The Government’s plans to amend the Hunting Act were delayed after 56 SNP MPs announced on Tuesday 14th July that they would vote alongside Labour and some Conservative members to oppose these changes to the law. The vote on the proposed amendments has been postponed, for the time being. These proposals involved plans to relax limits on the number of dogs (currently two) that can be used to track down foxes to be shot, which can legally only be done for pest control purposes. However, critics have argued that this raises the question of those who wish to hunt for pleasure disguising their activities as within the law, and the ethical and legal issues this proposed loophole would create.
The shelving of the Conservative plans comes in the wake of a retreat over the proposed ‘English votes for English laws’ (EVEL) plans, as last Wednesday’s (8th July) vote on the legislation was altered to a debate in the House of Commons. The delayed vote is now expected to take place in September. EVEL consists of establishing the precedent for MPs from English constituencies to have an increased decision making power over laws that solely affect England and was initially welcomed by Scottish MPs.
The Prime Minister yesterday described the SNP’s plans to oppose the Hunting Act amendment as “entirely opportunistic”. Meanwhile the SNP announced potential plans to bring its own foxhunting legislation – which is currently more relaxed than England’s – into line with the UK as a whole. The majority of Labour MPs planed to vote against the government’s proposed relaxing of these laws.
Many wildlife and charitable organisations who campaigned against changes to the hunting legislation were delighted to learn the vote was dropped. The League Against Cruel Sports released a statement on their website from Tom Quinn, their Campaigns Director, he stated that “it would be a mistake for the Government to return to this issue in the future, and any attempts to repeal the Hunting Act by the back door would clearly be wrong”.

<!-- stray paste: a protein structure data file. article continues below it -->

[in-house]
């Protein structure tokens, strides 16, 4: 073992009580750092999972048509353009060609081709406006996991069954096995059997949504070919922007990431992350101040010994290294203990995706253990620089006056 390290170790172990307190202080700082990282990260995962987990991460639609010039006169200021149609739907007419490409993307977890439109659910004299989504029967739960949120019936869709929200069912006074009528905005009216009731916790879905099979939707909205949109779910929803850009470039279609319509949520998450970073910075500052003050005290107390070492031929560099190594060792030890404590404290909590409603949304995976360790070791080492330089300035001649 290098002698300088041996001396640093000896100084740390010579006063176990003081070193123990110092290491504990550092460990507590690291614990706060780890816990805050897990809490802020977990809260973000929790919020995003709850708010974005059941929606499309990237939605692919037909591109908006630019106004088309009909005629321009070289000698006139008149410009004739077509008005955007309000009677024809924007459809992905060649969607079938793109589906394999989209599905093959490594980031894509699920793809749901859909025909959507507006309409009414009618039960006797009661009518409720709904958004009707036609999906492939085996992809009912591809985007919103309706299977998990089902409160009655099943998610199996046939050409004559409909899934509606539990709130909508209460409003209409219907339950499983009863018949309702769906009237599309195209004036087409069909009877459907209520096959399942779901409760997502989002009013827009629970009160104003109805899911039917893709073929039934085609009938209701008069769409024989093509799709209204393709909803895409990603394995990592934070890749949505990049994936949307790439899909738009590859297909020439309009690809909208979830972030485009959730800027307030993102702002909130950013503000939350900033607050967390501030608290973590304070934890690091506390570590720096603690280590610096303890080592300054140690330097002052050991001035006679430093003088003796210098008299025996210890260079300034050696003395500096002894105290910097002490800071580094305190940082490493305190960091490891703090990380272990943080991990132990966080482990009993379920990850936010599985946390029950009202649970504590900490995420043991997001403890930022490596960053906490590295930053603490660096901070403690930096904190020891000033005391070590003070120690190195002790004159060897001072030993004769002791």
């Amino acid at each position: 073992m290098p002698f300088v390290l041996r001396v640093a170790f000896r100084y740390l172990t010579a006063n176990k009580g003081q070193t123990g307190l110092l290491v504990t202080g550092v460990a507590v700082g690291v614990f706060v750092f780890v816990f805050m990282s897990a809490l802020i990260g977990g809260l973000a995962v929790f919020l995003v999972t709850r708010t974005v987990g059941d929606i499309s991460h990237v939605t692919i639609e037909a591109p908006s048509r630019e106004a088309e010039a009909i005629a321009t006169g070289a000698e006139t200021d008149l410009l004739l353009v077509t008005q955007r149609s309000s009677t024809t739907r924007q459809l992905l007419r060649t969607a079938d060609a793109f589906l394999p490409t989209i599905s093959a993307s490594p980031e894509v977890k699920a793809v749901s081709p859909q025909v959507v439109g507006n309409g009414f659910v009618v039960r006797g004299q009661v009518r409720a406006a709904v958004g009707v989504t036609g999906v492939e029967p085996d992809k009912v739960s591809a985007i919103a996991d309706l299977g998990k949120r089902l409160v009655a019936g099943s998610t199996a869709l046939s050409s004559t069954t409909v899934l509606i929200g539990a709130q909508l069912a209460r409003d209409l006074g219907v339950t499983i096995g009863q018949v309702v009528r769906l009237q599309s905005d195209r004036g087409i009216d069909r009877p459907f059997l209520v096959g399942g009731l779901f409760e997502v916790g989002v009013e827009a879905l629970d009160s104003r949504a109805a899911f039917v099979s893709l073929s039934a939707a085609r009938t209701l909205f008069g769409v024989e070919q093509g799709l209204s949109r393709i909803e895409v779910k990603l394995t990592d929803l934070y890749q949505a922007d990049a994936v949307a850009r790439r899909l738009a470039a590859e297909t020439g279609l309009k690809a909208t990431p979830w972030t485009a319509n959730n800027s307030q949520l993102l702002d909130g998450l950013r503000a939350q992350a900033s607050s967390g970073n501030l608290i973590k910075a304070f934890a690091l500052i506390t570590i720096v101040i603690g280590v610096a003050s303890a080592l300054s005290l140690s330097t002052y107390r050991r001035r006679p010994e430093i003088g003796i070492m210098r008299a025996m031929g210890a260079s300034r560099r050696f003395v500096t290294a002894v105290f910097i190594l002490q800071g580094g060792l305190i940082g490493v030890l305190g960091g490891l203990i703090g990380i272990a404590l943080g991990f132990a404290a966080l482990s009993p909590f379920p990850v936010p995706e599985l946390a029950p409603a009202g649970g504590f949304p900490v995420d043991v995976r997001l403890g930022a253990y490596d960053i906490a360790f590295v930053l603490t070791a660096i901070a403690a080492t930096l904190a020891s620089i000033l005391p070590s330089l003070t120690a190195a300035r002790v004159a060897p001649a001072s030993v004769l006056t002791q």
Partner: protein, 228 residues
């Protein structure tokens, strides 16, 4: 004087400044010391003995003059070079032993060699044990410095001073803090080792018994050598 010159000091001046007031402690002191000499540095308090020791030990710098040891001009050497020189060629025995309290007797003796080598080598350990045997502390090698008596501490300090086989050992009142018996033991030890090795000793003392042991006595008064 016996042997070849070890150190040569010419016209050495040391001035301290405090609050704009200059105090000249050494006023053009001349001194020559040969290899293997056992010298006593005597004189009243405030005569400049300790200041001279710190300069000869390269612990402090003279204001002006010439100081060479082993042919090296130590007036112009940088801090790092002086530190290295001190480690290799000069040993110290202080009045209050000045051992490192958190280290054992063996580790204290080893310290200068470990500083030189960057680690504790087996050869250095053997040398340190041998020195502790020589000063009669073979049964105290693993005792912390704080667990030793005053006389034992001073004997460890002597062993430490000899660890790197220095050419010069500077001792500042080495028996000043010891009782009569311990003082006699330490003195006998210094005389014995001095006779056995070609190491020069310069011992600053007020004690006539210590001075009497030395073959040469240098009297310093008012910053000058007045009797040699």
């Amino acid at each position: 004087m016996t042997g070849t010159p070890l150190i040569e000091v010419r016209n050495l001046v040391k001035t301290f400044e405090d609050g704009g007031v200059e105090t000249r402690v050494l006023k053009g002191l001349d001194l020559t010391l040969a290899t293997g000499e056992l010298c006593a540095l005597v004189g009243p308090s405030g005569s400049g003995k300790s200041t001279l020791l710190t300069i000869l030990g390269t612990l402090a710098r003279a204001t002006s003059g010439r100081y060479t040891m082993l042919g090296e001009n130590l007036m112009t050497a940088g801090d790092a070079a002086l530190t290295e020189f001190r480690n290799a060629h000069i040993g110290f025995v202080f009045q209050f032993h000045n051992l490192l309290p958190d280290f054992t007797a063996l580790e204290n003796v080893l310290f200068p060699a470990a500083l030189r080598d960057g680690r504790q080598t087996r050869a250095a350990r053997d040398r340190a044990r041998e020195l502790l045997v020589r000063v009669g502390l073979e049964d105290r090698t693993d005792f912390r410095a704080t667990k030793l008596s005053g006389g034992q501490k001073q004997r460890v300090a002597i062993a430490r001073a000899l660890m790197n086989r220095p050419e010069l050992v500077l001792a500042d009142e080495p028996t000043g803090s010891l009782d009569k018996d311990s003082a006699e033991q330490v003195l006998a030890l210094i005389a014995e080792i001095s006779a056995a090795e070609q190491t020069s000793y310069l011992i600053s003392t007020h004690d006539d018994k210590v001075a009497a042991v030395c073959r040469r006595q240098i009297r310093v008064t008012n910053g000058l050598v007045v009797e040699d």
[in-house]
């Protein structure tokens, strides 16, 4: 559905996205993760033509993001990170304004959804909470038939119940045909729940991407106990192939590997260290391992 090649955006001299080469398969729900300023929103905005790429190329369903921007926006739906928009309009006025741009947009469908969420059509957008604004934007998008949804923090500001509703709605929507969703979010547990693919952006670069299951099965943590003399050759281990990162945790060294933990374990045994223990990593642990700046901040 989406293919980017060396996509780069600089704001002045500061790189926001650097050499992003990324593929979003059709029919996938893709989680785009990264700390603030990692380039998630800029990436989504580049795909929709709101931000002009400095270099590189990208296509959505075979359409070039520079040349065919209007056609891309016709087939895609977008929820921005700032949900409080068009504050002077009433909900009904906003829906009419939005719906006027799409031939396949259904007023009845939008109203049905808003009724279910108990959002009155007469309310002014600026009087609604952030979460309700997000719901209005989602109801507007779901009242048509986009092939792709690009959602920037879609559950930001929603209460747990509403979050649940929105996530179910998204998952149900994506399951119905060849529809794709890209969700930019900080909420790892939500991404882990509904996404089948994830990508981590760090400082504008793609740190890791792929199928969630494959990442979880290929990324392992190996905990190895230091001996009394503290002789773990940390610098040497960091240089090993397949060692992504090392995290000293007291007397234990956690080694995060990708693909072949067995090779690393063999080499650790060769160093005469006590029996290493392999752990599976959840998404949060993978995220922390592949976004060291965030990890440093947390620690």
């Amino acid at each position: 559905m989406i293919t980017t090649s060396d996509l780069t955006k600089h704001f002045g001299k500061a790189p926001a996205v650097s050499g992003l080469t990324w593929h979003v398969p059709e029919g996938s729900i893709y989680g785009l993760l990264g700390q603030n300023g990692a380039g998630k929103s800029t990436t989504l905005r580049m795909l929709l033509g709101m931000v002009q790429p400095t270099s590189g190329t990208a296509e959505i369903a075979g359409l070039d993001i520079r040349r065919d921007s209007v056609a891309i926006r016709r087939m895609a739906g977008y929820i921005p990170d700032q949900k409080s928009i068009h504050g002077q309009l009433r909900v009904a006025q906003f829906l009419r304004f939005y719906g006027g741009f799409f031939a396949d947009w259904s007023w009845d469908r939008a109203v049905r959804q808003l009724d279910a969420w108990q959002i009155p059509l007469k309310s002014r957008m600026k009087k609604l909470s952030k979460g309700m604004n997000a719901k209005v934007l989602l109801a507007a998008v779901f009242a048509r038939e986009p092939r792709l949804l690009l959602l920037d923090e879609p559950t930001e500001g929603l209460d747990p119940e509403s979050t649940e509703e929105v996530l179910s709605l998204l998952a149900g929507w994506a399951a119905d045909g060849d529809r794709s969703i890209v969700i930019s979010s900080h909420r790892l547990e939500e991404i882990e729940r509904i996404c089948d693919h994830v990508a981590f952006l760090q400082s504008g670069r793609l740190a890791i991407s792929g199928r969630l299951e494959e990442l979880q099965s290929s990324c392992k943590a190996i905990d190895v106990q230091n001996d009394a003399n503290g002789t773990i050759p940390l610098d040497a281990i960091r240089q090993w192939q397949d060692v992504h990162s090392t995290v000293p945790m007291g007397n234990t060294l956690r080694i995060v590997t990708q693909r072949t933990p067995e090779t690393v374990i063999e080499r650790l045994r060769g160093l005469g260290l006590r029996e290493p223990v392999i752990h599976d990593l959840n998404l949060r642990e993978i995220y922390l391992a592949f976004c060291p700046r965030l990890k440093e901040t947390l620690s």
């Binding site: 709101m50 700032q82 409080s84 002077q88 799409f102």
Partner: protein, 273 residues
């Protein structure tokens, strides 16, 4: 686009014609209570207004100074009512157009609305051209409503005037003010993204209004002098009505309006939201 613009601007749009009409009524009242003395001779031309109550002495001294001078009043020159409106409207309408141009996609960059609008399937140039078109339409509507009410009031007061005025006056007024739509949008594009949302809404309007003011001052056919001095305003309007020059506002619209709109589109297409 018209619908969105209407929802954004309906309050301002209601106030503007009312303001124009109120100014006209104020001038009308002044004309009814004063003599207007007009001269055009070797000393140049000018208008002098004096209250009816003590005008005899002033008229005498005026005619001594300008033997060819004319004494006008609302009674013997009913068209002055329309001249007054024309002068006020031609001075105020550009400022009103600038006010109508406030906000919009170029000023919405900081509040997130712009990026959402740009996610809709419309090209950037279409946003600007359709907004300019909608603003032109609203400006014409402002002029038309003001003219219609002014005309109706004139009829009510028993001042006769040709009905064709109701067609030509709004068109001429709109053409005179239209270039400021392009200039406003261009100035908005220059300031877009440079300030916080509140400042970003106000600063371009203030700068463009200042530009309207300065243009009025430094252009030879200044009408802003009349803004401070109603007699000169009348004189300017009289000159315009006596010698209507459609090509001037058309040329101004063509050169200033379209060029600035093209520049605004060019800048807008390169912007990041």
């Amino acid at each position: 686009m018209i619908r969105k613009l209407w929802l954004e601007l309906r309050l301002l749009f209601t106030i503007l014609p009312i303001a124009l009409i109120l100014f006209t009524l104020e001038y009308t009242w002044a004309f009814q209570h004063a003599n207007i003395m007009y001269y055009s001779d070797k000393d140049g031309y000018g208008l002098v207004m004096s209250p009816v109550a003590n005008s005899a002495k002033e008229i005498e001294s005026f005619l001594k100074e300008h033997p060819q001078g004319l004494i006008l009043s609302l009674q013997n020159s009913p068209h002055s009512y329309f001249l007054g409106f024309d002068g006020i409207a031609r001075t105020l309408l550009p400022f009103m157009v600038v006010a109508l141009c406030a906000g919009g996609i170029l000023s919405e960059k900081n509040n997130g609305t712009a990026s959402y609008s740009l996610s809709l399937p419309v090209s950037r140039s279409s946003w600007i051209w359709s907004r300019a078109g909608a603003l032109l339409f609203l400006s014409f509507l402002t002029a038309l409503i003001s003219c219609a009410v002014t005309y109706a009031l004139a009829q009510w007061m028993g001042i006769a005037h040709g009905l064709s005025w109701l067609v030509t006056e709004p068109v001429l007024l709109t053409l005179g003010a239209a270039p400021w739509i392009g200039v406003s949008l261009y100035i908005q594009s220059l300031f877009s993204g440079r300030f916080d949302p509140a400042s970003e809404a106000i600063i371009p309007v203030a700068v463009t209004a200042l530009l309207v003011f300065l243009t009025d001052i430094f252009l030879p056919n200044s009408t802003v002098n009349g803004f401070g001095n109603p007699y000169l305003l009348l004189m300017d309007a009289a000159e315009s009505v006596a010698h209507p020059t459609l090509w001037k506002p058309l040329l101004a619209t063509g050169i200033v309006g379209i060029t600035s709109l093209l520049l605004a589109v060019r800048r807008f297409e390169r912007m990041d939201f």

The organisation views the proposed changes as unwelcome, quoting statistics: “8 out of 10 people in both countryside and urban areas are against hunting, any attempt to bring it back would be deeply unpopular whenever it takes place”. They plan to “continue to highlight the cruelty involved in hunting and undermine any suggestion that hunting has anything to do with wildlife management or fox control [and are] pleased that the Scottish government have recognised that the ban in Scotland needs examining and we look forward to working with them to ensure the law is as strong as possible”.
UEA American History and Politics alumnus Chris Pitt, the Deputy Campaigns Director for the League Against Cruel Sports commented further that despite it being “good news that the government backed down from voting to amend the Hunting Act… we know they will try again”.
He described the issue of hunting with dogs as “confined to the dustbin of history 10 years ago”.
In terms of how this issue affects Norfolk and the surrounding area of East Anglia, a heavily rural and agricultural part of the country, he stated that: “it’s easy to be fooled into thinking that the people in that part of England would be pro-hunting”. However, he argued that this is actually a “myth” and that the debate has “nothing to do with town vs. country, it’s about cruelty vs. compassion”.
He quoted government figures that show that “95% of lamb losses are due to poor husbandry and inclement weather” and that further studies “have also shown that less than 1% of lamb losses can actually be attributed to fox predation”. The organisation supports the use of “humane methods of control” as “far wiser than lethal ones”.
Farmers also have “reasons to love foxes as they predate rabbits”, which “benefits the agricultural industry in this country by £7m a year”. Finally he summed up the issue of fox hunting as “not a noble tradition worth saving… Hunting with hounds is a despicable practice which most people in this country understand is cruel and has no place in the world in 2015”.